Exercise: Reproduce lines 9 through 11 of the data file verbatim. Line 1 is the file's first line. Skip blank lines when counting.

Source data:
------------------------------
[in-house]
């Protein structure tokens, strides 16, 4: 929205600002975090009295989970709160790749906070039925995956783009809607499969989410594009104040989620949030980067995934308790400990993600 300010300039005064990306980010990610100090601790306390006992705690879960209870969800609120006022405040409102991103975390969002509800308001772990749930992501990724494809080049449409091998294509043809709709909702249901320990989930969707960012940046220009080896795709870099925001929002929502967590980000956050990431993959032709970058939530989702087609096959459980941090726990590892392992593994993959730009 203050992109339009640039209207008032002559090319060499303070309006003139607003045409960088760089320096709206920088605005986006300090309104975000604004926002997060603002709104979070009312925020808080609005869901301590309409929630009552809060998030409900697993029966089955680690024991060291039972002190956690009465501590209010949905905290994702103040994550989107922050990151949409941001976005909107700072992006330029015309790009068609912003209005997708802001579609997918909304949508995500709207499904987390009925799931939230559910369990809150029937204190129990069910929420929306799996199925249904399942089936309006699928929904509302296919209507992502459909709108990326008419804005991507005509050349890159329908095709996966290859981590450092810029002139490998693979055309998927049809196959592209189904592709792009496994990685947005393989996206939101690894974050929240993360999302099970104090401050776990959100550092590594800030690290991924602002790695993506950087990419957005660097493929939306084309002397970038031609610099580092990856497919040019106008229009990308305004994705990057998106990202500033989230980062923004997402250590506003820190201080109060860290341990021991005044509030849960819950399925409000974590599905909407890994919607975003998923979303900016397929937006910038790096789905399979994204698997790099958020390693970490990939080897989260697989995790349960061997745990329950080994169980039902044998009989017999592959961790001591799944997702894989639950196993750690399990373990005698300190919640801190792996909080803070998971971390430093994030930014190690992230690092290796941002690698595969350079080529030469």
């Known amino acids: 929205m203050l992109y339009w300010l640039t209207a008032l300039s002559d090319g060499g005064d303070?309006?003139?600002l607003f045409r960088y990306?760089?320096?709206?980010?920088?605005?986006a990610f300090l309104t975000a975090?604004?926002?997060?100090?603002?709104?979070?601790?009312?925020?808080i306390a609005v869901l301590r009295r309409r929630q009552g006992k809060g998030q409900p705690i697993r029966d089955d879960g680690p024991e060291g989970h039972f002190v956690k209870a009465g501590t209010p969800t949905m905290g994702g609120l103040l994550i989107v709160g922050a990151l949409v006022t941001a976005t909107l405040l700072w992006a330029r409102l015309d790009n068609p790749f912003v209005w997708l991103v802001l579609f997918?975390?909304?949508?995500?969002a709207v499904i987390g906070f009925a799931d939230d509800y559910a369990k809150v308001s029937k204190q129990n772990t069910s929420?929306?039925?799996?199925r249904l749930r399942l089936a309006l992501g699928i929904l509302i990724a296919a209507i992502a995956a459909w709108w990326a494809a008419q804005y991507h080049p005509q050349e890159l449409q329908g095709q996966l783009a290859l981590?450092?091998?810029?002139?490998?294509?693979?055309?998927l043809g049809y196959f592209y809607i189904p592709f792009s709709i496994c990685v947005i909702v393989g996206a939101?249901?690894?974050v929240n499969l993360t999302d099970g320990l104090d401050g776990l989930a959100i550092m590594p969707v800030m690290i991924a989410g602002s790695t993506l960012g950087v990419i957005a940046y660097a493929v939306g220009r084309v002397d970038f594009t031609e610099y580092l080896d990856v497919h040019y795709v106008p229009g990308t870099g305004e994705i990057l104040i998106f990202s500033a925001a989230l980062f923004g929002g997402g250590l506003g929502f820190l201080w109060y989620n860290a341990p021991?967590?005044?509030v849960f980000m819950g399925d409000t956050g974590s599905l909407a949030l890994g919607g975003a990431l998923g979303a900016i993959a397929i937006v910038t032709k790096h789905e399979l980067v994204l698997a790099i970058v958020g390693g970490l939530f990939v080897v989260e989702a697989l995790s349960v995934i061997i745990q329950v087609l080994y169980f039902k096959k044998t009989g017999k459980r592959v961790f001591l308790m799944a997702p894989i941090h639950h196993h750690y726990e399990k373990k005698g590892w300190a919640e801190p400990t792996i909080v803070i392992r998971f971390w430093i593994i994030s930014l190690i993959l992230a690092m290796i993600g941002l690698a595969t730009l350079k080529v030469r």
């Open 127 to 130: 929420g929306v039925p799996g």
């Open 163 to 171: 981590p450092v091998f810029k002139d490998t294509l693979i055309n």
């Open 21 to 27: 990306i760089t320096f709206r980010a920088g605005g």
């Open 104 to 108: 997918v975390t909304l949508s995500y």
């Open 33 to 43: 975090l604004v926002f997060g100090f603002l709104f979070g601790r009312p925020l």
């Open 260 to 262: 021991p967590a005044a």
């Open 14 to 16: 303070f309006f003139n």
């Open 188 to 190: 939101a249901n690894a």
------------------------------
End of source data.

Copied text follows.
């Open 260 to 262: 021991p967590a005044a």
């Open 14 to 16: 303070f309006f003139n």
């Open 188 to 190: 939101a249901n690894a």